In the blazing heat of this Mediterranean afternoon, nothing rests. Against a ground scored as if by some invisible torrent, intense green olive trees twist and crimp, capped by the rolling, dwindling hillocks of the distant Alps, beneath a light-washed sky with a bundled, ectoplasmic cloud.
After van Gogh voluntarily entered the asylum at Saint-Rémy in the south of France in the spring of 1889, he wrote his brother Theo: “I did a landscape with olive trees and also a new study of a starry sky.” Later, when the pictures had dried, he sent both of them to Theo in Paris, noting: “The olive trees with the white cloud and the mountains behind, as well as the rise of the moon and the night effect, are exaggerations from the point of view of the general arrangement; the outlines are accentuated as in some old woodcuts.”
Van Gogh’s letters make it clear that he created this particular intense vista of the southern French landscape as a daylight partner to the visionary nocturne of his more famous canvas, The Starry Night. He felt that both pictures showed, in complementary ways, the principles he shared with his fellow painter Paul Gauguin, regarding the freedom of the artist to go beyond “the photographic and silly perfection of some painters” and intensify the experience of color and linear rhythms.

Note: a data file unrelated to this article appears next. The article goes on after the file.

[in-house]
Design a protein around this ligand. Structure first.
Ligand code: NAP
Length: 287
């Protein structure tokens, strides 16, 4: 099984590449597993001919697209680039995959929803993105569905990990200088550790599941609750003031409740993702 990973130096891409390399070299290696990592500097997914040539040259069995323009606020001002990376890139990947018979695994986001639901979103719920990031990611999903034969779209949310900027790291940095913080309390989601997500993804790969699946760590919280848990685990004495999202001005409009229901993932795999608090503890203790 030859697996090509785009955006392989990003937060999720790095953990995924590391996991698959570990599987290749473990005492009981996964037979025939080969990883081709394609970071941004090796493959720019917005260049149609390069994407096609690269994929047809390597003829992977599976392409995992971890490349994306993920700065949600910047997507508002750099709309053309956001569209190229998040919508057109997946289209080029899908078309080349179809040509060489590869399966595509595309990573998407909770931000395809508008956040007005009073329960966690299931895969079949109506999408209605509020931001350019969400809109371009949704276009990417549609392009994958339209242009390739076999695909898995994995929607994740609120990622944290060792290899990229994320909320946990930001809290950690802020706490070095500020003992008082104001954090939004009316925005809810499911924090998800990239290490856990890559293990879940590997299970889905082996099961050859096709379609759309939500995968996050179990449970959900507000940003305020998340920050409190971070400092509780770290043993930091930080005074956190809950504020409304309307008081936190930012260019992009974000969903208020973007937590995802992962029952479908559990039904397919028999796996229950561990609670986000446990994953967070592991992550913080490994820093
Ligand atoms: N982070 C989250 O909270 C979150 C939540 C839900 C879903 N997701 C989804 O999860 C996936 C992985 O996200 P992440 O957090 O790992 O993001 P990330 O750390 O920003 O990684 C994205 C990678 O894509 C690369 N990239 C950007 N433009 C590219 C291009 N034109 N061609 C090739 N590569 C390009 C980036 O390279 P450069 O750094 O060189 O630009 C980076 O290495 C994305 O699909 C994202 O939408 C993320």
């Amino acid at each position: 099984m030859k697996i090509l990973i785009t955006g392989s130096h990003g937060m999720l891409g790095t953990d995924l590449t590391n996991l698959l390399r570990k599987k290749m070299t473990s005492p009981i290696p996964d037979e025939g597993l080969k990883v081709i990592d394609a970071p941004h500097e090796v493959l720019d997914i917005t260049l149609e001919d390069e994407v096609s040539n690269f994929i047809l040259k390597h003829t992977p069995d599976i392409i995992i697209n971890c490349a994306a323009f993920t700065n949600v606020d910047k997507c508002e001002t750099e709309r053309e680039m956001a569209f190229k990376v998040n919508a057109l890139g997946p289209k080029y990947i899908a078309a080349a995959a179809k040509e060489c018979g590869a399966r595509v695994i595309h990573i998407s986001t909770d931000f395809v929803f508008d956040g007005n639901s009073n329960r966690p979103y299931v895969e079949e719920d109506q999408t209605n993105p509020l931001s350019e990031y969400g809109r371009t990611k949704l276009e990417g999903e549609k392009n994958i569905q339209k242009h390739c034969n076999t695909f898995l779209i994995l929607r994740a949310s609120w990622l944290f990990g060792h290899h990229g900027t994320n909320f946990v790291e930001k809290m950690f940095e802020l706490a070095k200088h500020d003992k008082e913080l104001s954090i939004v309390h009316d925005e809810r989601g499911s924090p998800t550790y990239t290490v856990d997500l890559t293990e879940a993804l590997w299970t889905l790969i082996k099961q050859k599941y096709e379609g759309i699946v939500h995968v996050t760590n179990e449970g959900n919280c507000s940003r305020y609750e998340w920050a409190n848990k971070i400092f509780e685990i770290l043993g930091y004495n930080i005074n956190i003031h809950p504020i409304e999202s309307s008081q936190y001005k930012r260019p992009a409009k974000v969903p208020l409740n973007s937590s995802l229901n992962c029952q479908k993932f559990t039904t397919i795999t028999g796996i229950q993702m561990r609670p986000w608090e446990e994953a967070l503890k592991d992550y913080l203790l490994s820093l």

Publication excerpt from The Museum of Modern Art, MoMA Highlights, New York: The Museum of Modern Art, revised 2004, originally published 1999, p. 34.